Russia and Nicaragua have signed a cybersecurity cooperation agreement for the 2022-2026 period, Nicaragua’s Official Gazette indicated. The agreement was made in Managua following cybersecurity meetings.
“They say that they seek to do it peacefully but seeing the situation we are living today at the global level, it sounds more like a spy military strategy than a cybersecurity cooperation strategy,” Víctor Ruíz, founder of the SILIKN cybersecurity center in Mexico, told Diálogo on December 15, 2022.
The goal of the November 22 agreement is to “defend the national sovereignty of each of the participants,” said Oleg Okhramov, deputy secretary of the Security Council of the Russian Federation, who attended the meetings.
Russia has a large array of cyber tools at its disposition and hackers capable of perpetrating disruptive and potentially destructive attacks, reported BBC Mundo. The Kremlin “has attacked different countries at different times,” Ruíz said.
According to the Microsoft Digital Defense Report 2022, in 2021, 90 percent of Russian attacks detected by Microsoft targeted North Atlantic Treaty Organization (NATO) member states, and 48 percent of these targeted technology companies based in those countries.
Russia also sped up its attempts to compromise information and communications technology companies to disrupt or obtain intelligence from those companies’ government customers in NATO member states, the Microsoft report indicates.
The Conti ransomware gang, with ties to the Kremlin, is among the Russian groups behind cyberattacks in Latin America, the Spanish IT security magazine CSO reported in October. Conti launched attacks against government websites in Costa Rica and Peru in April 2022.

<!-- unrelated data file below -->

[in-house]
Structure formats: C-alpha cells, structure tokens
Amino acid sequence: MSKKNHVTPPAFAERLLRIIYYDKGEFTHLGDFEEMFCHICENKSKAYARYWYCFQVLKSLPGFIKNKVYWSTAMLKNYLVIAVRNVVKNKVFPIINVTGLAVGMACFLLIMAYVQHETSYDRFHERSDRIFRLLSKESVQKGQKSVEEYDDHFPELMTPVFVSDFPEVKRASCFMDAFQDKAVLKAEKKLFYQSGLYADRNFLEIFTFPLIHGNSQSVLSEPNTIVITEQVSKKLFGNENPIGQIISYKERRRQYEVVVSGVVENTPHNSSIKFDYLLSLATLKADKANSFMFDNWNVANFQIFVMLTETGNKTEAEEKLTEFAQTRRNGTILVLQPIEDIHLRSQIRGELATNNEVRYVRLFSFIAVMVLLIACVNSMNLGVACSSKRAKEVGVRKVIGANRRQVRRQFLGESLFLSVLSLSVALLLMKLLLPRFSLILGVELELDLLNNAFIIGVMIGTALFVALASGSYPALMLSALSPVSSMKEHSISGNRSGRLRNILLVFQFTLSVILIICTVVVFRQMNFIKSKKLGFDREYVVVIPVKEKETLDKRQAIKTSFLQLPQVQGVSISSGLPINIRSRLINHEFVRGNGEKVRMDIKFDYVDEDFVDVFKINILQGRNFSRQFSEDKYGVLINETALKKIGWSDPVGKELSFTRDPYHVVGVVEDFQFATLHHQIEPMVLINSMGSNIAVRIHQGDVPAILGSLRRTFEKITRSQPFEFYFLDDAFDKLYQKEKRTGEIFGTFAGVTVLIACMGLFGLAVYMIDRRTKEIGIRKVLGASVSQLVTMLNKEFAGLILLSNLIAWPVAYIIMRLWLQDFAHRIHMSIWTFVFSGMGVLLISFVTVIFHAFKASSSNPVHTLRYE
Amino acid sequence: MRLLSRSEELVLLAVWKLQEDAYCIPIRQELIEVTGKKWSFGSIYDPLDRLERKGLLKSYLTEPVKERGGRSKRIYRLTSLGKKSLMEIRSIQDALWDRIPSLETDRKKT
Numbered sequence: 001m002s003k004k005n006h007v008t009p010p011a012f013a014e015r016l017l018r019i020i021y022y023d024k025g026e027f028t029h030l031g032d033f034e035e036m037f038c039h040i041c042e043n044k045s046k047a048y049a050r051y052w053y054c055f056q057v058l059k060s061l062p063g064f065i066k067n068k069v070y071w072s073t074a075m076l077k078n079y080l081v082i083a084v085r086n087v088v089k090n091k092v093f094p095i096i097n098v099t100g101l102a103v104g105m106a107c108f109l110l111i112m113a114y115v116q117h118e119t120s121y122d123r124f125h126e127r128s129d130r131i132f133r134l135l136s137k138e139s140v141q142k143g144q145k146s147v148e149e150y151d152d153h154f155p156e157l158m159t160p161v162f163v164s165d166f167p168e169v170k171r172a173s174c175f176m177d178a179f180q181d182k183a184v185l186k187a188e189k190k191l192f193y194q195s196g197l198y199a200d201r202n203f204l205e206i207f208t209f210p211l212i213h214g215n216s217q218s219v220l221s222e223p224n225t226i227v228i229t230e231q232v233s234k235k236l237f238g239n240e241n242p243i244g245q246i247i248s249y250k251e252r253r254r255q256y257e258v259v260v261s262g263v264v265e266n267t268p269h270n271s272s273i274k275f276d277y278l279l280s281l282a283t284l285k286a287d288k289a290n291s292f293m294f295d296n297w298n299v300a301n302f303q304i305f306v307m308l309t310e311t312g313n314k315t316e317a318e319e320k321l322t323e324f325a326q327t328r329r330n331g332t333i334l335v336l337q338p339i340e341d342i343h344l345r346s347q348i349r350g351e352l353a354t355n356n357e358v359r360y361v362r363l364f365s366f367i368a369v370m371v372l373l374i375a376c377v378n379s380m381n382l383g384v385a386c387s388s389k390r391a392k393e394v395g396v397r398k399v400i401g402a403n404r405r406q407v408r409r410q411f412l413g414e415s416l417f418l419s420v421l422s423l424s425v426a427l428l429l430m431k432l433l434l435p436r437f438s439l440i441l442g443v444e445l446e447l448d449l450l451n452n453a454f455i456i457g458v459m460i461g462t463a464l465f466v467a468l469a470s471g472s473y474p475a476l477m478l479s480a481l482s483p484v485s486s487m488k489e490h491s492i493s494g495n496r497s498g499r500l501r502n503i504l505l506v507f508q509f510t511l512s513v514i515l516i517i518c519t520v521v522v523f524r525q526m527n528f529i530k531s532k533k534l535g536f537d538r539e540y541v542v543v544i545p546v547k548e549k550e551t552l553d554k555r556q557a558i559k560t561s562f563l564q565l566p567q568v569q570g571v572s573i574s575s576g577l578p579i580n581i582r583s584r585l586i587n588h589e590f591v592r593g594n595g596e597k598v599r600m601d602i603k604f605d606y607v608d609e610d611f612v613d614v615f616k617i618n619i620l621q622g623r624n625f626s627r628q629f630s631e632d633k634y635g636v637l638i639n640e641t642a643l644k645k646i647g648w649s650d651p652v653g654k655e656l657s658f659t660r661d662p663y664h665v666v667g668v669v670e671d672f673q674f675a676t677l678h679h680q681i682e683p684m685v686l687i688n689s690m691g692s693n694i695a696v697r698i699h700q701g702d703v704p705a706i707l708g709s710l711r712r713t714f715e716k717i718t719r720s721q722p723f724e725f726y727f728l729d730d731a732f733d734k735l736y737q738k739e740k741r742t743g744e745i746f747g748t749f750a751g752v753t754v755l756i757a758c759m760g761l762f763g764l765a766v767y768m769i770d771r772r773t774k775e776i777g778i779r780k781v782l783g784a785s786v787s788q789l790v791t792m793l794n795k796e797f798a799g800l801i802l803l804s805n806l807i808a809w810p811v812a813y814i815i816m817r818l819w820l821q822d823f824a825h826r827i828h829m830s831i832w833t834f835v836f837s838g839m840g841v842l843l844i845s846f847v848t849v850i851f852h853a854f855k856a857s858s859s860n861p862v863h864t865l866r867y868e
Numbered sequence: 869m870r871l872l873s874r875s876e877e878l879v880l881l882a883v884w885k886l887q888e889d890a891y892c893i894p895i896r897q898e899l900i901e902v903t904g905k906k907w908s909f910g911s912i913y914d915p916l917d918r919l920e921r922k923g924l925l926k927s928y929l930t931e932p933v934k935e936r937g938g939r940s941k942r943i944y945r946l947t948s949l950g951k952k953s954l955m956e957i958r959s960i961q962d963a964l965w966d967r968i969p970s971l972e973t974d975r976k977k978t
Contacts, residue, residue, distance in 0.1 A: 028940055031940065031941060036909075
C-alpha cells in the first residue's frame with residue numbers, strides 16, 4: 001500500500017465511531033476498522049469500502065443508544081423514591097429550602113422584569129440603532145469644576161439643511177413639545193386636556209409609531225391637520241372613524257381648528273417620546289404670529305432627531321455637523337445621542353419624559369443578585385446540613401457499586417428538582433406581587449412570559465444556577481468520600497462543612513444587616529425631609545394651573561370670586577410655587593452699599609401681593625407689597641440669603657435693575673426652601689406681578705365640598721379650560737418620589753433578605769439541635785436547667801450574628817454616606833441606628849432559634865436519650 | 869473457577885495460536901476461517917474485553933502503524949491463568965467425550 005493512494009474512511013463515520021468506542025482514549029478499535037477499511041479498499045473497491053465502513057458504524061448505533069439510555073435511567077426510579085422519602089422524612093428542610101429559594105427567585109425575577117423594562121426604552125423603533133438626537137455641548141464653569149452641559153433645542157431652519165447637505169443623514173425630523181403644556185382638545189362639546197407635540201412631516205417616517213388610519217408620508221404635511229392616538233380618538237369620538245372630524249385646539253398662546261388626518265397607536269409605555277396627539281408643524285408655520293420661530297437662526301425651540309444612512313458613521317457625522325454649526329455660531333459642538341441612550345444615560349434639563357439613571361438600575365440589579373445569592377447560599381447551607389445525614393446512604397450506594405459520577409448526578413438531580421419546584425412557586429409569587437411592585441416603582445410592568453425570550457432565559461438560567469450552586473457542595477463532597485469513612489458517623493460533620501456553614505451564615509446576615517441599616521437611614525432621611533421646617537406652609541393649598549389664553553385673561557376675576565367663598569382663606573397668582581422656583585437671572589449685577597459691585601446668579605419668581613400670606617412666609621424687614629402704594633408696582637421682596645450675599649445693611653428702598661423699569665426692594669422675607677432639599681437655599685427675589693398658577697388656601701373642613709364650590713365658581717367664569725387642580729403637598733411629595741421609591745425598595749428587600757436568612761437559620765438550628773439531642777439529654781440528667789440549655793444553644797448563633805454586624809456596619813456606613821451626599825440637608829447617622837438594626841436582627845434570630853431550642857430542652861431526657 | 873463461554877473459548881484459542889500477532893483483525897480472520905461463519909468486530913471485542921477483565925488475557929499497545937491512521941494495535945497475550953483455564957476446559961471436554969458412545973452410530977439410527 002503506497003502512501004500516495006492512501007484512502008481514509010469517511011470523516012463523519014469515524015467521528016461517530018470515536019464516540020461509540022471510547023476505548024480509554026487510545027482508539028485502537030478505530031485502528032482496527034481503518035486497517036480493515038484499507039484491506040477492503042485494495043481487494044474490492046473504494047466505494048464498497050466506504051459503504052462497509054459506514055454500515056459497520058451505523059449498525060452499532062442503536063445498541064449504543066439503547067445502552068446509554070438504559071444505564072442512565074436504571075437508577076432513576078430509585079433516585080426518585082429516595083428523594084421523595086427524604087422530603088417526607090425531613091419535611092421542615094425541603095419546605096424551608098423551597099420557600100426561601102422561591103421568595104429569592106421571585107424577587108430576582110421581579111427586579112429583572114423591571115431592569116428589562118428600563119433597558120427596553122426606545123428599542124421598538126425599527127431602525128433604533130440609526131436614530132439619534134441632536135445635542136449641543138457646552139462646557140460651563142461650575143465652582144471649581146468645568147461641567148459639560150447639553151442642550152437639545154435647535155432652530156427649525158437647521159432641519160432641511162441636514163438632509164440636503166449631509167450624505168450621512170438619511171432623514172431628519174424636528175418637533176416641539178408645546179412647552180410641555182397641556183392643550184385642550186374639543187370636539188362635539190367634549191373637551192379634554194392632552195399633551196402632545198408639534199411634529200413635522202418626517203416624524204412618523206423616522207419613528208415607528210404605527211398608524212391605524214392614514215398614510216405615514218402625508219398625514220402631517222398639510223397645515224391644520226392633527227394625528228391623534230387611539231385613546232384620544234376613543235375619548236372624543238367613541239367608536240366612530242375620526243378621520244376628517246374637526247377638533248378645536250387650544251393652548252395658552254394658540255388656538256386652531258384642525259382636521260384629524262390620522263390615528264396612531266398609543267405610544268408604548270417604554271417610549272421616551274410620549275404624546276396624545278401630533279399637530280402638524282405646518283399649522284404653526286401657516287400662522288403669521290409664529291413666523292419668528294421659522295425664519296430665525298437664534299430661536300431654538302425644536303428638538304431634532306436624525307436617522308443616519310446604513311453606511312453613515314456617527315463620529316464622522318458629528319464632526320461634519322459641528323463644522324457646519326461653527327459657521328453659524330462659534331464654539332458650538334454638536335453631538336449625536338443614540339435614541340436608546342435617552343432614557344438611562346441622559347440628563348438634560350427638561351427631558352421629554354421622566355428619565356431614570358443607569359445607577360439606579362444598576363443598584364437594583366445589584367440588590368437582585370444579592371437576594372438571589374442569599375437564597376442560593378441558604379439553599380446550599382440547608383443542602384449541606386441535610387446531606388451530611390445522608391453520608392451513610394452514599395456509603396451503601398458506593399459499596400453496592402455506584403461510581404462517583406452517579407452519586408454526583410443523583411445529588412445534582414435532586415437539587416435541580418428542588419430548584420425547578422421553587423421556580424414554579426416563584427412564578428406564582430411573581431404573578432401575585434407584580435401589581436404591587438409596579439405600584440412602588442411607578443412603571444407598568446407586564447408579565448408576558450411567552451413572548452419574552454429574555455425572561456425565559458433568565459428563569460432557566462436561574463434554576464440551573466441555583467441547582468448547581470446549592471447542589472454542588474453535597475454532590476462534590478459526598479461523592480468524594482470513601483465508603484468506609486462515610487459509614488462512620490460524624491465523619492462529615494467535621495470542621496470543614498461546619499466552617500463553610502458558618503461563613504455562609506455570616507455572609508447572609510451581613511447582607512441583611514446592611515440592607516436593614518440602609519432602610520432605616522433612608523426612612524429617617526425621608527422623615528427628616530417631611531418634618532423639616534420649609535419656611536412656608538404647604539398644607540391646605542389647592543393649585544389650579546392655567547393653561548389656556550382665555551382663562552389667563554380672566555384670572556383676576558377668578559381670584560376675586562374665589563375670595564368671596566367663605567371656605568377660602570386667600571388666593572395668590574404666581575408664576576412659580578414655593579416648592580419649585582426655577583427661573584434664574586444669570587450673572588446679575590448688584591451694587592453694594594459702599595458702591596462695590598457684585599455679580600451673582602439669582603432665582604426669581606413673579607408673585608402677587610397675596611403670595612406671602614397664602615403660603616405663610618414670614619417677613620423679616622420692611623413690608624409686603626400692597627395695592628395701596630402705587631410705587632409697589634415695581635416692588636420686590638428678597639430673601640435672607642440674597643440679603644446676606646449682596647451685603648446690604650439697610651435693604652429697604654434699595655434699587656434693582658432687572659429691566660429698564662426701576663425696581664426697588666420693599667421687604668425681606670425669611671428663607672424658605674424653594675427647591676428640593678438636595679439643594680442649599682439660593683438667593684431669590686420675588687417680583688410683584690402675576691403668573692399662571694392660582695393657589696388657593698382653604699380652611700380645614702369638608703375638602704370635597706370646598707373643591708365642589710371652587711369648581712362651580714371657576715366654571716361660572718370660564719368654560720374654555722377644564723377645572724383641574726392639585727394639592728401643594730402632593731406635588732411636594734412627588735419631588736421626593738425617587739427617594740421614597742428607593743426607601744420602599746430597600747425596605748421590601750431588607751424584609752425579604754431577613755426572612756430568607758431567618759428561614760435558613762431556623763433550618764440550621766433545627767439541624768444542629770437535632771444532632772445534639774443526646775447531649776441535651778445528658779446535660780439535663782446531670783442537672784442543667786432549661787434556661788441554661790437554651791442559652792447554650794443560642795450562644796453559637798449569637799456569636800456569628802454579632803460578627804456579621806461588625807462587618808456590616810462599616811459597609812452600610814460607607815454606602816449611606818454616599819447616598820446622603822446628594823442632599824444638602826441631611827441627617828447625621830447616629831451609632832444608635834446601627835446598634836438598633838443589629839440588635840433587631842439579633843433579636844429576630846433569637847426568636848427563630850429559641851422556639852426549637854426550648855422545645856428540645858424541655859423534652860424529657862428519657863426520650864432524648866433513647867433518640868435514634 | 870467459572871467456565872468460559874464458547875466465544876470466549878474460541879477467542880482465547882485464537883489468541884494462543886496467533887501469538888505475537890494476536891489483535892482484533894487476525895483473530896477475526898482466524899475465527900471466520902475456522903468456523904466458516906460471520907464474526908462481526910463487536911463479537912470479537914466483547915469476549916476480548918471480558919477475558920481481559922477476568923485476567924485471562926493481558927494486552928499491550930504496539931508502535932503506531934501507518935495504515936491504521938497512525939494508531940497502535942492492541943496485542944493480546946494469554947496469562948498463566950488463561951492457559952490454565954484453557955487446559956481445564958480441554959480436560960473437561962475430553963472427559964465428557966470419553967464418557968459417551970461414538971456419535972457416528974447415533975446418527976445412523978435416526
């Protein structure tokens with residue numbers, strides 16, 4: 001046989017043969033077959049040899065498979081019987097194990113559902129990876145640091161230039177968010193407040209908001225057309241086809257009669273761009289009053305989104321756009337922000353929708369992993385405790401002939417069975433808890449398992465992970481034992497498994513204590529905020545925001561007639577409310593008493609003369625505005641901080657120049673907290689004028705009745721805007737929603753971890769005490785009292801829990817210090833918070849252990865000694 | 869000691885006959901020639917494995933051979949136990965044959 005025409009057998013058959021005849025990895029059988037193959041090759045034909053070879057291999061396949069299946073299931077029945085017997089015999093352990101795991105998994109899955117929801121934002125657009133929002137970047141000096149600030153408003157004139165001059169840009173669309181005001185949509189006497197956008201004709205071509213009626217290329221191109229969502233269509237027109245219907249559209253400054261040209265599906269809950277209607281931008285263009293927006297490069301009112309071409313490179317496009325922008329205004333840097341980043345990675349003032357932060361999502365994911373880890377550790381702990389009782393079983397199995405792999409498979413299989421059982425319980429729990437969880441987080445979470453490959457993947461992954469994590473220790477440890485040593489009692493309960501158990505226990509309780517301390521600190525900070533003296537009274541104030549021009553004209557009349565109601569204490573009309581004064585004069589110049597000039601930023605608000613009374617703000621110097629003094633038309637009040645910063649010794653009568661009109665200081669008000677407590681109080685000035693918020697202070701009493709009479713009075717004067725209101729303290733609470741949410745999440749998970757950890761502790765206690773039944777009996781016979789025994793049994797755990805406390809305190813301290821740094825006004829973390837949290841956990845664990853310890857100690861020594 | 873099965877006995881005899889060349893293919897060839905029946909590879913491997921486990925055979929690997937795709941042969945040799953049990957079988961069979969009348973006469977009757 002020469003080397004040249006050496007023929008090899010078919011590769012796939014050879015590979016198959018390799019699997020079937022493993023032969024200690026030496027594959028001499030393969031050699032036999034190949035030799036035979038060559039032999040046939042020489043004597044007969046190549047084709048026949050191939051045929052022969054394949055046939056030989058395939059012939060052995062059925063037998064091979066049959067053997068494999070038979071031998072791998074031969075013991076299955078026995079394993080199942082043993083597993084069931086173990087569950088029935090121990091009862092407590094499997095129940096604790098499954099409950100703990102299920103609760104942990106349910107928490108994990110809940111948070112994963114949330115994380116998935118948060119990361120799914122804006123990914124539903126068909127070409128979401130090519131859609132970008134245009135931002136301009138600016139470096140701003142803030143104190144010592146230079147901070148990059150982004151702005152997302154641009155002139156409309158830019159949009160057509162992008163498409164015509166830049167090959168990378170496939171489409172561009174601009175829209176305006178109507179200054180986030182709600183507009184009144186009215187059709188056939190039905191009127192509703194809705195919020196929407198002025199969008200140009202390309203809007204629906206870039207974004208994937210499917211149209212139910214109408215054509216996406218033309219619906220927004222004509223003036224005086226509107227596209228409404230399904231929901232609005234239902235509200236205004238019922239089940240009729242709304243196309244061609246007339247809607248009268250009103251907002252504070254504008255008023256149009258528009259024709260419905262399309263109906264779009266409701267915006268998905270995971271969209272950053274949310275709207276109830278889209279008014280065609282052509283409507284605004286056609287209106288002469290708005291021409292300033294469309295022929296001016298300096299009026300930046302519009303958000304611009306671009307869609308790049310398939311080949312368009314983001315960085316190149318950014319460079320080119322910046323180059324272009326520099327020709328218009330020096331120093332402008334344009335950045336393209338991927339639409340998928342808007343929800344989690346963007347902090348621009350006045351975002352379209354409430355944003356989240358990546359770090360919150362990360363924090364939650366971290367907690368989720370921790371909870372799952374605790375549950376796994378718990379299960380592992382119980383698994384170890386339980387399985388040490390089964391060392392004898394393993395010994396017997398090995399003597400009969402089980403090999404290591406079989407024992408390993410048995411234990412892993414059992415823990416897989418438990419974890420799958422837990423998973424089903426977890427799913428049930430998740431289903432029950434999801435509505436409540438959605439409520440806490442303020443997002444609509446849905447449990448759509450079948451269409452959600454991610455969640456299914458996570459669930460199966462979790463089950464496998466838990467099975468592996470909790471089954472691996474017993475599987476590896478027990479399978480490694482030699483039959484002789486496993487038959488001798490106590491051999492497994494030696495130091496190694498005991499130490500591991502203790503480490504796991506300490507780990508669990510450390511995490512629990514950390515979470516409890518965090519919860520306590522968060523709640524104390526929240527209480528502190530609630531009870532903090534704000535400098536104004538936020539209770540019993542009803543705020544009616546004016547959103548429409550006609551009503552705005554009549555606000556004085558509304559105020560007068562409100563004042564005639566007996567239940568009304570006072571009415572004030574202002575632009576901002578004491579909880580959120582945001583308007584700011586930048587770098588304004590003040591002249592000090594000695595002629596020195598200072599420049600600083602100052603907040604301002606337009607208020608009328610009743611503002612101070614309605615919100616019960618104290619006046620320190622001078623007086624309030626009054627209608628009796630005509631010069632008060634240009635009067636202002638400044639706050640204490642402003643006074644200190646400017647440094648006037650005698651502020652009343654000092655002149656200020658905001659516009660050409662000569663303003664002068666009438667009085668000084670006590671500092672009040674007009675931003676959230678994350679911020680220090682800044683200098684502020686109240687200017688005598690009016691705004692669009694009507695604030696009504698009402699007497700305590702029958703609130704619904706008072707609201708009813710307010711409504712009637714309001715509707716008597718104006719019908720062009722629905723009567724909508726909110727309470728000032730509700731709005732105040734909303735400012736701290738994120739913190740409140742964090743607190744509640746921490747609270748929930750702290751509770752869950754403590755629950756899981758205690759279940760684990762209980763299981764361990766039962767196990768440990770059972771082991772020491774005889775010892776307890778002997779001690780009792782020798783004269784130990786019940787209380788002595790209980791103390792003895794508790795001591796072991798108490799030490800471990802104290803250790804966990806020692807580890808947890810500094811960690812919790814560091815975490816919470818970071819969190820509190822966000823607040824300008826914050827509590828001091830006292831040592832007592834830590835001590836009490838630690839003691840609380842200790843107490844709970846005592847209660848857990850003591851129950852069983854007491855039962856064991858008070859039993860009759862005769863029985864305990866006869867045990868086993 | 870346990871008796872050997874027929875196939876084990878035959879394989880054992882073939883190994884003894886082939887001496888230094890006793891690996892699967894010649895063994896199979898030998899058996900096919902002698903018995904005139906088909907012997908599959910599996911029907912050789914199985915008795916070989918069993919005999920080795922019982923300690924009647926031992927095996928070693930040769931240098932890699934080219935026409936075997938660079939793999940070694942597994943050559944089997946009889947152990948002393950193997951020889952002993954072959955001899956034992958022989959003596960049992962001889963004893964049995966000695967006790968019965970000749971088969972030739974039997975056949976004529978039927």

In addition, according to the Microsoft report, on February 23, 2022, the cybersecurity world entered the age of hybrid warfare as Russia launched both physical and digital attacks against Ukraine.
“You have to look at the new [Nicaragua-Russia] alliance as a warning,” Ruíz said. “Russia is looking to deploy its technological and military capabilities to this region, and it is finding allies in Latin America that can enable it to do this.”
Russian technology and strategies may also help the regime to drive Nicaragua’s independent media out of cyberspace, so that the population only knows the regime’s version in a kind of mass indoctrination, reported Nicaraguan independent newspaper La Mesa Redonda.
Since late 2020, Nicaragua has seen an increase in complaints of aggressions using digital media and attempts to sabotage and wipe out social network accounts and independent web platforms, reported Nicaragua’s independent digital daily Fuentes Confiables.
Although Nicaragua has a cybersecurity law, the legislation criminalizes those who criticize the Ortega-Murillo regime on social networks or question its authority, threatening with jailtime those media outlets that according to the regime broadcast “fake news,” reported Nicaragua’s independent media outlet Divergentes.
“This is a political issue,” Ruíz said. “With Nicaragua, Russia seeks to advance to countries like El Salvador or Guatemala, because of their proximity to the United States, to be checking the United States from closer countries.”
David Cattler, NATO’s assistant secretary general for intelligence and security, said that “additional cyber operations are ongoing. Some of these operations have been linked to Russian military intelligence and are designed to cause psychological effects and deplete cyber defense resources,” European news network Euronews reported in September.
As such, “the governments of the region and companies of any size must develop a good cybersecurity strategy to prevent not only an attack or espionage that could come from Nicaragua or Russia, but from any other criminal group,” Ruiz said. “Have a plan based on three pillars: advanced technology, policies and procedures, and cybersecurity training at all levels.”